Building Resilience: Changing the approach to construction
We explore what needs to change as technology and equipment advances, and skill requirements along with demand continues to change.
It’s not just COVID-19 which is continuing to change the construction sector. Areas such as skill requirements, varying demand for different jobs and more innovative projects, and shorter time frames are all having an effect.
The report also reveals the opportunities and issues the industry faces during the remainder of 2020 whilst exemplifying the virtues of a regionally engaged and globally responsive approach.
Due to the size of the construction sector across the globe, transformation and innovation will certainly take time. This usually isn’t an issue, however, the limitations of this become evident when a new threat or opportunity appears on the horizon.
In order to embrace these challenges and opportunities, the industry needs to come together and approach the situation and share its successes.
The recent report focuses on Q1 2020 and explores how the construction market has changed. It has provided an in-depth insight into trends that are thought to make a large impact.
The snapshot explores some of this years biggest innovations and technological advancements and developments so far. These include the adoption of smart building technologies in the USA in addition to the growth of modular construction which has taken India’s construction sector by storm.
The report also touches on the COVID-19 pandemic and how it is impacting the construction industry both in the present and into the future.
Despite the massive effect COVID-19 had on the industry and economies worldwide, it is still expected that construction innovation and technology will continue to expand and grow.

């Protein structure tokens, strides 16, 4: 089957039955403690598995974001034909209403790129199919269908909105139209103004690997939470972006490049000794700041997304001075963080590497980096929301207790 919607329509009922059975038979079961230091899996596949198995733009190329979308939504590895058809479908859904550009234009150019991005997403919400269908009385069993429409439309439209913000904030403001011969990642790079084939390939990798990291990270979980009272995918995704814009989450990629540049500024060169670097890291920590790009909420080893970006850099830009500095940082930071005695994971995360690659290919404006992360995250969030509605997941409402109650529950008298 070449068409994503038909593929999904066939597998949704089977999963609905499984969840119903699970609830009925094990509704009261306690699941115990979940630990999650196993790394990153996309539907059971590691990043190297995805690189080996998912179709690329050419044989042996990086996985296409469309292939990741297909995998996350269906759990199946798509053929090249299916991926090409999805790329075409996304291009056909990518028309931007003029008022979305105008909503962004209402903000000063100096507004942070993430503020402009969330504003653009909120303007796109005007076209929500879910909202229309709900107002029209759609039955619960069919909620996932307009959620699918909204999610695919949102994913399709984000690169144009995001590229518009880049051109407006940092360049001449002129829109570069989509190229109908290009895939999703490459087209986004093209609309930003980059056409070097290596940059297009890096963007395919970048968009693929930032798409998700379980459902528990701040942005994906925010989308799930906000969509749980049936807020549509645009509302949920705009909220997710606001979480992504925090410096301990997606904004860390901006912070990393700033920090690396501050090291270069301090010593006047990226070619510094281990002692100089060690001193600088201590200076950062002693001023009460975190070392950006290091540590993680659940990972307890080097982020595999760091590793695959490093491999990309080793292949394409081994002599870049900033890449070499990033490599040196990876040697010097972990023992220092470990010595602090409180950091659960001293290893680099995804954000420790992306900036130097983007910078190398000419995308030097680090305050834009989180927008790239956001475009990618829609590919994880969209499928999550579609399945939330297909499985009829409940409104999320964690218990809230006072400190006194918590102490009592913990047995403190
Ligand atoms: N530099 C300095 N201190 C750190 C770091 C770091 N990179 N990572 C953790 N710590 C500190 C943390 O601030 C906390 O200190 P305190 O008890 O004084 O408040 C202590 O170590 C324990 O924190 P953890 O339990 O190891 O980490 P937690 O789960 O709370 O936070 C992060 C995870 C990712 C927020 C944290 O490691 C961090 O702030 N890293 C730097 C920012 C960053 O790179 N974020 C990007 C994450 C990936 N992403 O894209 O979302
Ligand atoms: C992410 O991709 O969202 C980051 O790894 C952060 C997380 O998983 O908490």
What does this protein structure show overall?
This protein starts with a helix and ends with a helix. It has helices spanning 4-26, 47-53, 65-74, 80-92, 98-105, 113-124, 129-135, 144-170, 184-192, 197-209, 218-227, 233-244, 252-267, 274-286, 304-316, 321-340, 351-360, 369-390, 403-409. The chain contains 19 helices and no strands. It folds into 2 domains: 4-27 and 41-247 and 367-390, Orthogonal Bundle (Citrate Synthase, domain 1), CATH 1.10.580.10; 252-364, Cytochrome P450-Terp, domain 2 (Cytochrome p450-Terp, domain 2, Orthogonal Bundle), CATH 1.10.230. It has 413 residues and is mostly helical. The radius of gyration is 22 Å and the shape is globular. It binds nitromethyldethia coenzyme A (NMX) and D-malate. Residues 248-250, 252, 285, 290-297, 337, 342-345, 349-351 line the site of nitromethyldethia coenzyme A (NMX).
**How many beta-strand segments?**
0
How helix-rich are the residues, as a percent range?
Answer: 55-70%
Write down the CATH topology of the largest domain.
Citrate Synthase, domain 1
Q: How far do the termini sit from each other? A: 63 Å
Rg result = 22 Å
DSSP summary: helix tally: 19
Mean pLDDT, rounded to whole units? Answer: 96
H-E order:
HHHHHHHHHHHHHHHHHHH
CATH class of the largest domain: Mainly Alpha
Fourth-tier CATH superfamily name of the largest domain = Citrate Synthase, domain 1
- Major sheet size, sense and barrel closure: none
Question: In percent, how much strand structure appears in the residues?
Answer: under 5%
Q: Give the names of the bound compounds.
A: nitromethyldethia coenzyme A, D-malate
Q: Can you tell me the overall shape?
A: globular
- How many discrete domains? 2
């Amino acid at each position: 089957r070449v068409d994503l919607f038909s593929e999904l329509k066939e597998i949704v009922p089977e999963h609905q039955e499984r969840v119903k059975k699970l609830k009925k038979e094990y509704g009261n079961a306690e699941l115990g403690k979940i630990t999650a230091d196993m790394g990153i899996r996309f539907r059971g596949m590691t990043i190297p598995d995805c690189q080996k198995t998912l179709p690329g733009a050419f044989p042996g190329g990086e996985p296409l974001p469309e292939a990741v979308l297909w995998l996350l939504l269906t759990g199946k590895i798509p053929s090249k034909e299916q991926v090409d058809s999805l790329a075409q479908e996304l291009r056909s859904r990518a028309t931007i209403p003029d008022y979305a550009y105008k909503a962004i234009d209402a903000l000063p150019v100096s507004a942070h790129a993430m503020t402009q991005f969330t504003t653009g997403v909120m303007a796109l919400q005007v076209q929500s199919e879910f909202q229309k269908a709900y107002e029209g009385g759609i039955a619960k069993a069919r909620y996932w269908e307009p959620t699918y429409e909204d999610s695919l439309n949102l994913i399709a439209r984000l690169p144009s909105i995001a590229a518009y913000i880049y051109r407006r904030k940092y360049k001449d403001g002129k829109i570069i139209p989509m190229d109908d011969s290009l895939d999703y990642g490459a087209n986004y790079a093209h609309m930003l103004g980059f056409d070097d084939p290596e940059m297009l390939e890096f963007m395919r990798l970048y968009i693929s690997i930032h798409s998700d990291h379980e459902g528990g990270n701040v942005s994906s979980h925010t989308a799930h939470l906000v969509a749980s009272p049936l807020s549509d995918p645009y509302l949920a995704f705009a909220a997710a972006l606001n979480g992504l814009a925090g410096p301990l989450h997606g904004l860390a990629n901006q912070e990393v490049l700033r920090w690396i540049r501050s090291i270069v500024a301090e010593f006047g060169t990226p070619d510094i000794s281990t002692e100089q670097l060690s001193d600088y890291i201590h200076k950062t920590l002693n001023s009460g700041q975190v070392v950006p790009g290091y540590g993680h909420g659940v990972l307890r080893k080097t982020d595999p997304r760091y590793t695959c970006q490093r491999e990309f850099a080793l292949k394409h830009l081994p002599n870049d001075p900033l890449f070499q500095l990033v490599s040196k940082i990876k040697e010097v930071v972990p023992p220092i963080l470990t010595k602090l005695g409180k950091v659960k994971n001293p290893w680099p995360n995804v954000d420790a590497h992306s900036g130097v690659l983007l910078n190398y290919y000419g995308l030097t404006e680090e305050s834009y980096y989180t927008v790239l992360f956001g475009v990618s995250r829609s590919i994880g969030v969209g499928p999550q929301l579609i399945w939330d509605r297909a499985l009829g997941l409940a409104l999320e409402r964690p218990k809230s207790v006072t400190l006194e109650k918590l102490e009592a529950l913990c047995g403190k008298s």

Asite’s CEO, Nathan Doughty, said: “2020 has not been the year we imagined and planned for. The construction industry is facing a turbulent few months as we all try to deal with the current pandemic.
“Now more than ever, I believe we need to come together to prepare and safeguard our society for the future. Construction and infrastructure are vital to our ability to collectively safeguard the health of our fellow citizens, and to educate, feed and house us all. We must keep building, and inevitably we will. The question is how do we build resilience into the industry and into the fabric of the built environment itself?
“Digital engineering and remote-working technologies present opportunities for many organisations to continue with business in the face of change. Sharing innovation from colleagues around the world will help us all to advance collaboratively.
“I’ve seen first-hand how the construction industry can overcome adversity and help rebuild following times of hardship. Construction was fundamental to crisis response and in the rebuilding process in my hometown of Houston after Hurricane Harvey three years ago.
“Today, the industry has quickly geared up to deliver hospital beds for health services across the world and re-geared manufacturing for PPE and health equipment. We can build on lessons learned in difficult times. Connecting people around the world will help us learn from one another and innovate.”
In conclusion, the optimistic outlook that the report gives anticipates that the industry will continue to transform and innovate throughout the remainder of 2020 and beyond despite concerns surrounding climate change and the aftermath of the coronavirus pandemic.
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